HTML links are hyperlinks.
You can click on a link and jump to another document.
When you move the mouse over a link, the mouse arrow will turn into a little hand.
Note: A link does not have to be text. It can be an image or any other HTML element.
In HTML, links are defined with the
href attribute specifies the destination address (https://www.ngs-it.com/) of the link.
The link text is the visible part (Visit our HTML tutorial).
Clicking on the link text will send you to the specified address.
Note: Without a forward slash at the end of subfolder addresses, you might generate two requests to the server. Many servers will automatically add a forward slash to the end of the address, and then create a new request.
The example above used an absolute URL (a full web address).
A local link (link to the same web site) is specified with a relative URL (without https://www....).
By default, a link will appear like this (in all browsers):
You can change the default colors, by using CSS:
target attribute specifies where to open the linked document.
The target attribute can have one of the following values:
This example will open the linked document in a new browser window/tab:
Tip: If your webpage is locked in a frame, you can use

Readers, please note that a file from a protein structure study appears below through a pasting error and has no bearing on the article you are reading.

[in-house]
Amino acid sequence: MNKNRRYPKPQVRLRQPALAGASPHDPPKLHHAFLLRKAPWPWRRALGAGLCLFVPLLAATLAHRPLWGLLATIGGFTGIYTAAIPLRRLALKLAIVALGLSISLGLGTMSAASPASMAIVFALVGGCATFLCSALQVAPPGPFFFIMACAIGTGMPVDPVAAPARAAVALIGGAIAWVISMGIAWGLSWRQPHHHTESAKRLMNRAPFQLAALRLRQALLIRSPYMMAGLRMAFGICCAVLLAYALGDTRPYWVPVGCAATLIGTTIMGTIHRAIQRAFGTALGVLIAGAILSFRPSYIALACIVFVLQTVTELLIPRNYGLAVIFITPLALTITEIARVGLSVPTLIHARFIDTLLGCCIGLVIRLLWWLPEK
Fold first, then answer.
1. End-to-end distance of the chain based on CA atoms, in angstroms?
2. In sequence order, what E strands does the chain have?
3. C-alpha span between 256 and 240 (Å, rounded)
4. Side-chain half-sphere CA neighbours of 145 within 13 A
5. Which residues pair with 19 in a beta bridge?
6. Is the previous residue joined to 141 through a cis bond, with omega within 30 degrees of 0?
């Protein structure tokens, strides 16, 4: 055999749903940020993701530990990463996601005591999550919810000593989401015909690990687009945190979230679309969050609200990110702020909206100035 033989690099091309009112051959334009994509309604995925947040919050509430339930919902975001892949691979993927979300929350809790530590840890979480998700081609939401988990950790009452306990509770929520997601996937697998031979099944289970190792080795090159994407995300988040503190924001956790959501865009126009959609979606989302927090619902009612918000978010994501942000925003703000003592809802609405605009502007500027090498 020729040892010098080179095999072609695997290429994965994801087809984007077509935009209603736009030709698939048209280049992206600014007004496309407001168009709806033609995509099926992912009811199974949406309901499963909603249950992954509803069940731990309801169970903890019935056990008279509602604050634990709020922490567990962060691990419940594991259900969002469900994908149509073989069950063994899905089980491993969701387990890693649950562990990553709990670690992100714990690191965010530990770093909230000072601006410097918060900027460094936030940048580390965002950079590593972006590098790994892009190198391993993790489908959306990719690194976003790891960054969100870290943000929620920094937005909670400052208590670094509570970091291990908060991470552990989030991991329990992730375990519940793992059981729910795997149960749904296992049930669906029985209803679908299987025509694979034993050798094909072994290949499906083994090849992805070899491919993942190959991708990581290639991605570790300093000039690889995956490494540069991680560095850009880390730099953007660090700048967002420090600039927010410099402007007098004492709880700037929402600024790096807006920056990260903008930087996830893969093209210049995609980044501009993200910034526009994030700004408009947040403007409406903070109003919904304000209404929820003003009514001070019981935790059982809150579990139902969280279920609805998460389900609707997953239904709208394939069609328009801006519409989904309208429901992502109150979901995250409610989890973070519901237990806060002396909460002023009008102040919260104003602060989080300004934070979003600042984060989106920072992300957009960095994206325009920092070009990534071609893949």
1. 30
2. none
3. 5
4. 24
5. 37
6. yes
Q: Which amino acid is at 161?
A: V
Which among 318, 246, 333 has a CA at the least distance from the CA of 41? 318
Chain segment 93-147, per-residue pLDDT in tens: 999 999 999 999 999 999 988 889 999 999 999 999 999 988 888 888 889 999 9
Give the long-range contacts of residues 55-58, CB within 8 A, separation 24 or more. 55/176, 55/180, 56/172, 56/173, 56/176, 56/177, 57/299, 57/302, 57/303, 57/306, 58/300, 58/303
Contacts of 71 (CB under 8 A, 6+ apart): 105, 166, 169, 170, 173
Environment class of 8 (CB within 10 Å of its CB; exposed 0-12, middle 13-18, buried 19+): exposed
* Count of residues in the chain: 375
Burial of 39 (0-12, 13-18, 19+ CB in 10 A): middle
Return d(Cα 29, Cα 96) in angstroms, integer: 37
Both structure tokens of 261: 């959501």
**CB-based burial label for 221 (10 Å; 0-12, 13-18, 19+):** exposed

target="_top" to break out of the frame:
It is common to use images as links:
border:0; is added to prevent IE9 (and earlier) from displaying a border around the image (when the image is a link).
title attribute specifies extra information about an element. The information is most often shown as a tooltip text when the mouse moves over the element.
HTML bookmarks are used to allow readers to jump to specific parts of a Web page.
Bookmarks can be useful if your webpage is very long.
To make a bookmark, you must first create the bookmark, and then add a link to it.
When the link is clicked, the page will scroll to the location with the bookmark.
First, create a bookmark with the
Then, add a link to the bookmark ("Jump to Chapter 4"), from within the same page:
Or, add a link to the bookmark ("Jump to Chapter 4"), from another page:
External pages can be referenced with a full URL or with a path relative to the current web page.
This example uses a full URL to link to a web page:
This example links to a page located in the html folder on the current web site:
This example links to a page located in the same folder as the current page:
<a>element to define a link
hrefattribute to define the link address
targetattribute to define where to open the linked document
<img>element (inside <a>) to use an image as a link
idattribute (id="value") to define bookmarks in a page
hrefattribute (href="#value") to link to the bookmark
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